MANILA, Philippines – Posters, jingles, slogans, motorcades, and more.
Voters will see and hear these again, as candidates in the barangay and Sangguniang Kabataan (SK) elections 2018 gear up for the campaign period, scheduled from May 4 to 12.
Aspiring barangay and SK officials will surely have their own tactics and gimmicks during the campaign period, but these would need to comply with the rules set by the Commission on Elections (Comelec).
The rules on campaign ads and materials are contained in Comelec Resolution Number 10294, in line with Republic Act 9006 or the Fair Elections Act.
Candidates can only spend P5 per registered voter in his or her barangay.
Lawful election propaganda include:
- Pamphlets, leaflets, cards, decals, stickers, or other written/printed materials not exceeding 8 1/2 inches in width and 14 inches in length, or the size of a legal-sized bond paper
- Handwritten or printed letters urging voters to vote for or against any candidate
- Posters made of cloth, paper, cardboard, or any other material – whether framed or posted – with a size not exceeding 2 feet by 3 feet
- Streamers for public meetings or rallies with a maximum size of 3 feet by 8 feet, which may be displayed 5 days before such meeting/rally and must be removed within 24 hours afterwards
- Mobile units or vehicle motorcades of all types, with or without sound system, and with or without lights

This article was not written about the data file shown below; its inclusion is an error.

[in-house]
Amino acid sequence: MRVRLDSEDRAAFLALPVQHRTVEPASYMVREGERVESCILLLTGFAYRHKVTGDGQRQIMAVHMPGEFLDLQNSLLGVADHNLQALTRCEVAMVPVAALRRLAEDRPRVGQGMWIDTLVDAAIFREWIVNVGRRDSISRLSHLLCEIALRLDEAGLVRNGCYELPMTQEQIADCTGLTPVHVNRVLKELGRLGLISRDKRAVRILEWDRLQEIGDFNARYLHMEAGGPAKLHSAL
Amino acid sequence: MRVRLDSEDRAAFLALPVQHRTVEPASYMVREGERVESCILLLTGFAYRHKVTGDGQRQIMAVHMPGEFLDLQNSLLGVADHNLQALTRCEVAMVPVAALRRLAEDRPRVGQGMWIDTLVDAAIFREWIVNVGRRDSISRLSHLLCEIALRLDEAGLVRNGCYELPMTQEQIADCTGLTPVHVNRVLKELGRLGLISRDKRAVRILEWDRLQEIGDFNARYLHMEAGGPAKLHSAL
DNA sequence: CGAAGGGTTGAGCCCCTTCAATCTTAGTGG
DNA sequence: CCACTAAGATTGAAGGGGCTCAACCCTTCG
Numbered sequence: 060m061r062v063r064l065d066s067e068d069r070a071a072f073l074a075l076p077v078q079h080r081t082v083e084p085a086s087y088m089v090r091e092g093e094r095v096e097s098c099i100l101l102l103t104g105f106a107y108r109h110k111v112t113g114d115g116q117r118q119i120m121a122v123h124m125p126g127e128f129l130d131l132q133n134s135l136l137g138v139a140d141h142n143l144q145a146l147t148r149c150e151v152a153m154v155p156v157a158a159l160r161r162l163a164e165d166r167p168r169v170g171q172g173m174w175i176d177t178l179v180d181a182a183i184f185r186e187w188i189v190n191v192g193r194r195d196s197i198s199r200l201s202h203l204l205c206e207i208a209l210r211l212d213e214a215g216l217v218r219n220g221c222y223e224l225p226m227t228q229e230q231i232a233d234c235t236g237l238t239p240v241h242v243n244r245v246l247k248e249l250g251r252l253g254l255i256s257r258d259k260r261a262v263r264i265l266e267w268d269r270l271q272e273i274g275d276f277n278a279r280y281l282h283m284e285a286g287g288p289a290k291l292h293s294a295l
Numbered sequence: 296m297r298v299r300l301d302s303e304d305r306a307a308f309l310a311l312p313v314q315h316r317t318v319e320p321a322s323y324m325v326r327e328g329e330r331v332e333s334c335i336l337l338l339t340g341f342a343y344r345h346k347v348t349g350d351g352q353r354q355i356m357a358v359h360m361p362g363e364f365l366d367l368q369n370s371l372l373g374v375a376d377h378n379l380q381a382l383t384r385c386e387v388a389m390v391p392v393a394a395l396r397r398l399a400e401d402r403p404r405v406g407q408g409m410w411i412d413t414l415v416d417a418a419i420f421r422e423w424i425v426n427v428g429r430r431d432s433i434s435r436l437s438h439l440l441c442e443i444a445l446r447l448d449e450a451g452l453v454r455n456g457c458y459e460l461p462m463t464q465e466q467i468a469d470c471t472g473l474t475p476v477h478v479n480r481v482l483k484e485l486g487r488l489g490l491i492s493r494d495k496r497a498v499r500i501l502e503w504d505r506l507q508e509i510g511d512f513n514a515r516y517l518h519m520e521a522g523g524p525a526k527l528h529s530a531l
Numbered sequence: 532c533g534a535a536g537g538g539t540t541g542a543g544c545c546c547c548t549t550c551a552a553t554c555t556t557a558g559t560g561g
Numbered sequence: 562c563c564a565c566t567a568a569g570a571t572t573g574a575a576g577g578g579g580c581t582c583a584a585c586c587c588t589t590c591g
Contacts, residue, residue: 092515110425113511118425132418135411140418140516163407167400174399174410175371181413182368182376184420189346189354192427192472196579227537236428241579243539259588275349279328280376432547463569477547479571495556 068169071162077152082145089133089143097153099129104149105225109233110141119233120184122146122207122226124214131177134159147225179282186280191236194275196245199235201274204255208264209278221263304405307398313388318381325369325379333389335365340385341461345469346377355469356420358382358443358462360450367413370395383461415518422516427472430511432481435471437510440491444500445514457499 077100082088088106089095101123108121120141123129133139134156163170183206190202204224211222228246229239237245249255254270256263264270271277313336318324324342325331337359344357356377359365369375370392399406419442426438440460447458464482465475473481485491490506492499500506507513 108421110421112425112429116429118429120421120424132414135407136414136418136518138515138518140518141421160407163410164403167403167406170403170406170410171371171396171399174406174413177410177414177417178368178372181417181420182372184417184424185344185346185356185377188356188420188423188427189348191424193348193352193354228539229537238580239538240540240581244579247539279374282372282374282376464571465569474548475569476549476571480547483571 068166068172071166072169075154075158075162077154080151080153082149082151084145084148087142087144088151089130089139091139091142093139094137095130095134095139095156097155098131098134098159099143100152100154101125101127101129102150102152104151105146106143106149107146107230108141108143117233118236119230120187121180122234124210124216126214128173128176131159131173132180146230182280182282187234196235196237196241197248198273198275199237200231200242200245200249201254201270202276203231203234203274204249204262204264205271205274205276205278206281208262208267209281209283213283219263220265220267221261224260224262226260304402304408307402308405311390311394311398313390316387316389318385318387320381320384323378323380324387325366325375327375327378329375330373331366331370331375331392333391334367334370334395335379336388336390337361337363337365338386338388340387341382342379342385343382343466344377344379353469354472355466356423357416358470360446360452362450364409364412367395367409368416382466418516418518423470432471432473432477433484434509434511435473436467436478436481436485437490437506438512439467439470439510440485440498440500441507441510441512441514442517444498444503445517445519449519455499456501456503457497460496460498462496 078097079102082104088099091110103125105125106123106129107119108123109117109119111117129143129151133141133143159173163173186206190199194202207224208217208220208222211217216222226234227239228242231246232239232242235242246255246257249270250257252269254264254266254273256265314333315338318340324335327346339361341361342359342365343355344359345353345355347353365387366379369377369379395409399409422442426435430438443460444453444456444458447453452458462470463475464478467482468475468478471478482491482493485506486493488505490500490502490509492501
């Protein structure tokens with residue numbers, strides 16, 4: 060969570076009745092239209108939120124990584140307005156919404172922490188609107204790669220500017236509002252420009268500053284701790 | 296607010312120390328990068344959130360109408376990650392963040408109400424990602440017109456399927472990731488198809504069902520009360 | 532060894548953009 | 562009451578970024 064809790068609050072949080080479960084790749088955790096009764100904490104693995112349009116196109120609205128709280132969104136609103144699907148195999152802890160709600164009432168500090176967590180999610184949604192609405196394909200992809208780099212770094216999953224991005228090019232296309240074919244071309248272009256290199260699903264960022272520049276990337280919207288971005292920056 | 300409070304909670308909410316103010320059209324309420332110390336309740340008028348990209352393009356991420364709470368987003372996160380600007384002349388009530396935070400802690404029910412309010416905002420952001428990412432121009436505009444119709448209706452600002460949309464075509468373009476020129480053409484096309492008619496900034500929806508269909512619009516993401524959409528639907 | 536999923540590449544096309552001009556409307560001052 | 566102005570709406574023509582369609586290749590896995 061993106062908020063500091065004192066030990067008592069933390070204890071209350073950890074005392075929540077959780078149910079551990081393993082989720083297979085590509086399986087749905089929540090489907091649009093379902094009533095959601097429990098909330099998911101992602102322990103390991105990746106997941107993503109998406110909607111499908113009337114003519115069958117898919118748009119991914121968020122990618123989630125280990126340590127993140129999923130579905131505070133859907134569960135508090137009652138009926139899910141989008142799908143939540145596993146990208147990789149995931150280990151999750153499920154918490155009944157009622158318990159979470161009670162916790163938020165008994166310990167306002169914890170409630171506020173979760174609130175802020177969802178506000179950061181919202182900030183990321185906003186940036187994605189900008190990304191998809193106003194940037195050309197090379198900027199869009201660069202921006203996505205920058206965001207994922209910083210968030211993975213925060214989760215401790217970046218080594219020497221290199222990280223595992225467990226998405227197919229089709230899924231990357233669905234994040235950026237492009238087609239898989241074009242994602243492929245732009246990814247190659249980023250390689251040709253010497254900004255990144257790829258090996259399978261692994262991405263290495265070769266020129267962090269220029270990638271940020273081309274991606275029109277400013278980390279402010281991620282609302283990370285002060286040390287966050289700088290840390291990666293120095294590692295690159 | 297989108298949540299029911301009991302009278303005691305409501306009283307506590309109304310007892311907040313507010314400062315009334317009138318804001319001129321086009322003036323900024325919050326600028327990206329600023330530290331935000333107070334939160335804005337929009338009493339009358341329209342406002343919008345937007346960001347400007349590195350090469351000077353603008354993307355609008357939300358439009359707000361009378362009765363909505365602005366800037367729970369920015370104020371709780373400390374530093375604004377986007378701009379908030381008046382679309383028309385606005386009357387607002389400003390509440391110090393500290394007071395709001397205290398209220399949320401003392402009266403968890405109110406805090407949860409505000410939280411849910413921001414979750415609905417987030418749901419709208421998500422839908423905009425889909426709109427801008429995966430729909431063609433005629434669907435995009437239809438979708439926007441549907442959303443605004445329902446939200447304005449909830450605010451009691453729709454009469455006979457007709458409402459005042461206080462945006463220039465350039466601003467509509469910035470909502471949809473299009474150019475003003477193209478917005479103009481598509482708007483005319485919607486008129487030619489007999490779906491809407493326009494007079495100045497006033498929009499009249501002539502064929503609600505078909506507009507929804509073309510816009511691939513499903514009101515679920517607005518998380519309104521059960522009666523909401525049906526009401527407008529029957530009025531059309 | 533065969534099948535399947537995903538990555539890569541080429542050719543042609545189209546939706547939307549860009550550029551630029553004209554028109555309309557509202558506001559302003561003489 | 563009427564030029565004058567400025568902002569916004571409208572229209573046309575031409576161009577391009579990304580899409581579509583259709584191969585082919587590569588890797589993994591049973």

- Paid advertisements in print or broadcast media (see related rules below)
These materials can only be posted in common poster areas authorized by the Comelec or in public places as defined by the poll body. It may also be placed in private properties, but with the consent of property owners.
Lawful election propaganda, except for banners and streamers, may also be displayed in the candidates’ residences.
Comelec encourages candidates to use recyclable and environment-friendly materials. As such, the poll body requires candidates to indicate in their materials the phrase, “This material should be recycled.”
All election propaganda – whether printed, broadcast, or published – must:
- Identify the candidate whom the ad is for (with the words “Political advertisement paid for” followed by the candidate’s name and address)
- Identify the one who paid for these ads (with the words “Political advertisement paid by” followed by the payor’s name and address)
If the space for a printed or online ad is donated by a publishing firm or the airtime is given free of charge by a TV or radio station, the propaganda should bear the phrase “Printed free of charge” or “Airtime for this broadcast was provided free of charge by,” followed by the name and address of the publishing firm or broadcast entity.
These notices should be reasonably legible, readable, or audible.
TV, radio ads
Barangay and SK bets are allowed to have a total of 60 minutes of TV ads per station, and a maximum of 90 minutes of radio ads per station.
If two or more candidates are in a TV or radio ad, the length of time they appear or are mentioned in it will be counted against their airtime limits.